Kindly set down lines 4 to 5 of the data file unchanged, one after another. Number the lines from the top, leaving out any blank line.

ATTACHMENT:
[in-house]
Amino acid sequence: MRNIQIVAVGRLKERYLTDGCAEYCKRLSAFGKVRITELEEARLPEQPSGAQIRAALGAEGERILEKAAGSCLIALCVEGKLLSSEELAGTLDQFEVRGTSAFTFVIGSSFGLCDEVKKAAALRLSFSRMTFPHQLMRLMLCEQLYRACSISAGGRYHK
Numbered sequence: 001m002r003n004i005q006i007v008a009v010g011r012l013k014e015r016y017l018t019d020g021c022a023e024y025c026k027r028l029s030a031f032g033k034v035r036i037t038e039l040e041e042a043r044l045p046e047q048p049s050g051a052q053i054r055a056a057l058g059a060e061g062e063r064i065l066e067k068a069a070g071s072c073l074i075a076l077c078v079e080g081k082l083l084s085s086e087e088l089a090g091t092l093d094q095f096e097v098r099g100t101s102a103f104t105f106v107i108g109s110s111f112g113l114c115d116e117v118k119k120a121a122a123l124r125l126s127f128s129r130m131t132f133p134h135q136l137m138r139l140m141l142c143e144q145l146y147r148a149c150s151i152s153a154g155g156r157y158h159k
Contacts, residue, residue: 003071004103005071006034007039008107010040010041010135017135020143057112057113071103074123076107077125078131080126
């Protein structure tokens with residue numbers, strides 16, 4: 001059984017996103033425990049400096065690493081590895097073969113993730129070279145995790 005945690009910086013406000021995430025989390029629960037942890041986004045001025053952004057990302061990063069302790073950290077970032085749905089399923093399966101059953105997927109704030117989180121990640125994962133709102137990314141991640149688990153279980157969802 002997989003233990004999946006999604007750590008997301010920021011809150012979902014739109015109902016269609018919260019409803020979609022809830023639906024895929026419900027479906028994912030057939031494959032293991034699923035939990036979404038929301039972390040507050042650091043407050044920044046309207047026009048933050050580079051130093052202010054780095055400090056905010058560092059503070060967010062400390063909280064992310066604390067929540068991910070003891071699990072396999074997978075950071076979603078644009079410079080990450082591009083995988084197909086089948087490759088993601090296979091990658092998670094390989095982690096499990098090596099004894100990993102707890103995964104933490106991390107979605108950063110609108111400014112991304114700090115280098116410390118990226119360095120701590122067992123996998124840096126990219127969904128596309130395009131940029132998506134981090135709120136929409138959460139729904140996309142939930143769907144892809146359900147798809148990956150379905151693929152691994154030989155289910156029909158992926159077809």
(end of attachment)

Contacts, residue, residue: 003071004103005071006034007039008107010040010041010135017135020143057112057113071103074123076107077125078131080126
């Protein structure tokens with residue numbers, strides 16, 4: 001059984017996103033425990049400096065690493081590895097073969113993730129070279145995790 005945690009910086013406000021995430025989390029629960037942890041986004045001025053952004057990302061990063069302790073950290077970032085749905089399923093399966101059953105997927109704030117989180121990640125994962133709102137990314141991640149688990153279980157969802 002997989003233990004999946006999604007750590008997301010920021011809150012979902014739109015109902016269609018919260019409803020979609022809830023639906024895929026419900027479906028994912030057939031494959032293991034699923035939990036979404038929301039972390040507050042650091043407050044920044046309207047026009048933050050580079051130093052202010054780095055400090056905010058560092059503070060967010062400390063909280064992310066604390067929540068991910070003891071699990072396999074997978075950071076979603078644009079410079080990450082591009083995988084197909086089948087490759088993601090296979091990658092998670094390989095982690096499990098090596099004894100990993102707890103995964104933490106991390107979605108950063110609108111400014112991304114700090115280098116410390118990226119360095120701590122067992123996998124840096126990219127969904128596309130395009131940029132998506134981090135709120136929409138959460139729904140996309142939930143769907144892809146359900147798809148990956150379905151693929152691994154030989155289910156029909158992926159077809």